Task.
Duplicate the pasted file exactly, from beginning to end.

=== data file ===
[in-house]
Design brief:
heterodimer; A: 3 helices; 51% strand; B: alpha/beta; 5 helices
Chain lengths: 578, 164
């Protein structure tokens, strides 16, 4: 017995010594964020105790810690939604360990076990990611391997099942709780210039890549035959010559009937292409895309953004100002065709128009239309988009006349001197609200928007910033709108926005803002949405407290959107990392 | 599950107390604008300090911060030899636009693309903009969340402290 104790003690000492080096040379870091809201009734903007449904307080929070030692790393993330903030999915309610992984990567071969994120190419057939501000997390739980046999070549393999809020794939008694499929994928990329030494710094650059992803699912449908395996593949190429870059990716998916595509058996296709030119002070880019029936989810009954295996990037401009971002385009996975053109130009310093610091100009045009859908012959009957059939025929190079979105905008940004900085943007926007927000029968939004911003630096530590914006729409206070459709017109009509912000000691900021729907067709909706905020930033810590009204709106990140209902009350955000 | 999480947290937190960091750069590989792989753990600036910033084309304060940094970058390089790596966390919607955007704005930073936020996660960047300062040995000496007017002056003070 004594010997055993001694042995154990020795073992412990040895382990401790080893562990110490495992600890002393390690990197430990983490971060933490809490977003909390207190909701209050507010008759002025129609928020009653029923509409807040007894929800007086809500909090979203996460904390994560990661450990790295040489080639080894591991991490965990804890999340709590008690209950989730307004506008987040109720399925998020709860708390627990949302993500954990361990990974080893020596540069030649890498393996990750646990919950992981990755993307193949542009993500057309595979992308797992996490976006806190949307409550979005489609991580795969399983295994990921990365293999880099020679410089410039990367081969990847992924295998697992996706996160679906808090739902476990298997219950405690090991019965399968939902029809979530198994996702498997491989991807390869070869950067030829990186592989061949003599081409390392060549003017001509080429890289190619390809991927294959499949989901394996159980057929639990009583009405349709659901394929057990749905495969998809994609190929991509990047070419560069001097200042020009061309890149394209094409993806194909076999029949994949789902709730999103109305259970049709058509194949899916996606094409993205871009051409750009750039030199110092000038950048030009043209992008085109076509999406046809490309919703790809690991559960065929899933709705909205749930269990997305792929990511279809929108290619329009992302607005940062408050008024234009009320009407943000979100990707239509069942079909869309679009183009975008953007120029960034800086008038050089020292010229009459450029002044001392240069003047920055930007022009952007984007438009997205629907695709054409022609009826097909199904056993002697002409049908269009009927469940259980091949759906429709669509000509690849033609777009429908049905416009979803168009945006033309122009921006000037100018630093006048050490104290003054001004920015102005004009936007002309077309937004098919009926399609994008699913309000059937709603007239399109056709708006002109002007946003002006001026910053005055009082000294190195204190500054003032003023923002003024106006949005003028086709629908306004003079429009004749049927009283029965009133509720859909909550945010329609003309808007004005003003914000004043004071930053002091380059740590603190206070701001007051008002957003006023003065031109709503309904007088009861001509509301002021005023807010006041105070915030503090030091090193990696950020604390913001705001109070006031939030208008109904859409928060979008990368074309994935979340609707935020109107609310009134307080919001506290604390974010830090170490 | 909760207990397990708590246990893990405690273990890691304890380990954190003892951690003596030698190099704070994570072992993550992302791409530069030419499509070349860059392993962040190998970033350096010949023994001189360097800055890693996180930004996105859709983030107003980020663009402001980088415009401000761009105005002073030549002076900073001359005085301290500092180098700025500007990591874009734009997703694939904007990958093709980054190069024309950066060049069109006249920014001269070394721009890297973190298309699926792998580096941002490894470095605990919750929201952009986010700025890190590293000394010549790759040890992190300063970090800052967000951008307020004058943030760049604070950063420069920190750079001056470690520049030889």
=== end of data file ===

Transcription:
[in-house]
Design brief:
heterodimer; A: 3 helices; 51% strand; B: alpha/beta; 5 helices
Chain lengths: 578, 164
């Protein structure tokens, strides 16, 4: 017995010594964020105790810690939604360990076990990611391997099942709780210039890549035959010559009937292409895309953004100002065709128009239309988009006349001197609200928007910033709108926005803002949405407290959107990392 | 599950107390604008300090911060030899636009693309903009969340402290 104790003690000492080096040379870091809201009734903007449904307080929070030692790393993330903030999915309610992984990567071969994120190419057939501000997390739980046999070549393999809020794939008694499929994928990329030494710094650059992803699912449908395996593949190429870059990716998916595509058996296709030119002070880019029936989810009954295996990037401009971002385009996975053109130009310093610091100009045009859908012959009957059939025929190079979105905008940004900085943007926007927000029968939004911003630096530590914006729409206070459709017109009509912000000691900021729907067709909706905020930033810590009204709106990140209902009350955000 | 999480947290937190960091750069590989792989753990600036910033084309304060940094970058390089790596966390919607955007704005930073936020996660960047300062040995000496007017002056003070 004594010997055993001694042995154990020795073992412990040895382990401790080893562990110490495992600890002393390690990197430990983490971060933490809490977003909390207190909701209050507010008759002025129609928020009653029923509409807040007894929800007086809500909090979203996460904390994560990661450990790295040489080639080894591991991490965990804890999340709590008690209950989730307004506008987040109720399925998020709860708390627990949302993500954990361990990974080893020596540069030649890498393996990750646990919950992981990755993307193949542009993500057309595979992308797992996490976006806190949307409550979005489609991580795969399983295994990921990365293999880099020679410089410039990367081969990847992924295998697992996706996160679906808090739902476990298997219950405690090991019965399968939902029809979530198994996702498997491989991807390869070869950067030829990186592989061949003599081409390392060549003017001509080429890289190619390809991927294959499949989901394996159980057929639990009583009405349709659901394929057990749905495969998809994609190929991509990047070419560069001097200042020009061309890149394209094409993806194909076999029949994949789902709730999103109305259970049709058509194949899916996606094409993205871009051409750009750039030199110092000038950048030009043209992008085109076509999406046809490309919703790809690991559960065929899933709705909205749930269990997305792929990511279809929108290619329009992302607005940062408050008024234009009320009407943000979100990707239509069942079909869309679009183009975008953007120029960034800086008038050089020292010229009459450029002044001392240069003047920055930007022009952007984007438009997205629907695709054409022609009826097909199904056993002697002409049908269009009927469940259980091949759906429709669509000509690849033609777009429908049905416009979803168009945006033309122009921006000037100018630093006048050490104290003054001004920015102005004009936007002309077309937004098919009926399609994008699913309000059937709603007239399109056709708006002109002007946003002006001026910053005055009082000294190195204190500054003032003023923002003024106006949005003028086709629908306004003079429009004749049927009283029965009133509720859909909550945010329609003309808007004005003003914000004043004071930053002091380059740590603190206070701001007051008002957003006023003065031109709503309904007088009861001509509301002021005023807010006041105070915030503090030091090193990696950020604390913001705001109070006031939030208008109904859409928060979008990368074309994935979340609707935020109107609310009134307080919001506290604390974010830090170490 | 909760207990397990708590246990893990405690273990890691304890380990954190003892951690003596030698190099704070994570072992993550992302791409530069030419499509070349860059392993962040190998970033350096010949023994001189360097800055890693996180930004996105859709983030107003980020663009402001980088415009401000761009105005002073030549002076900073001359005085301290500092180098700025500007990591874009734009997703694939904007990958093709980054190069024309950066060049069109006249920014001269070394721009890297973190298309699926792998580096941002490894470095605990919750929201952009986010700025890190590293000394010549790759040890992190300063970090800052967000951008307020004058943030760049604070950063420069920190750079001056470690520049030889």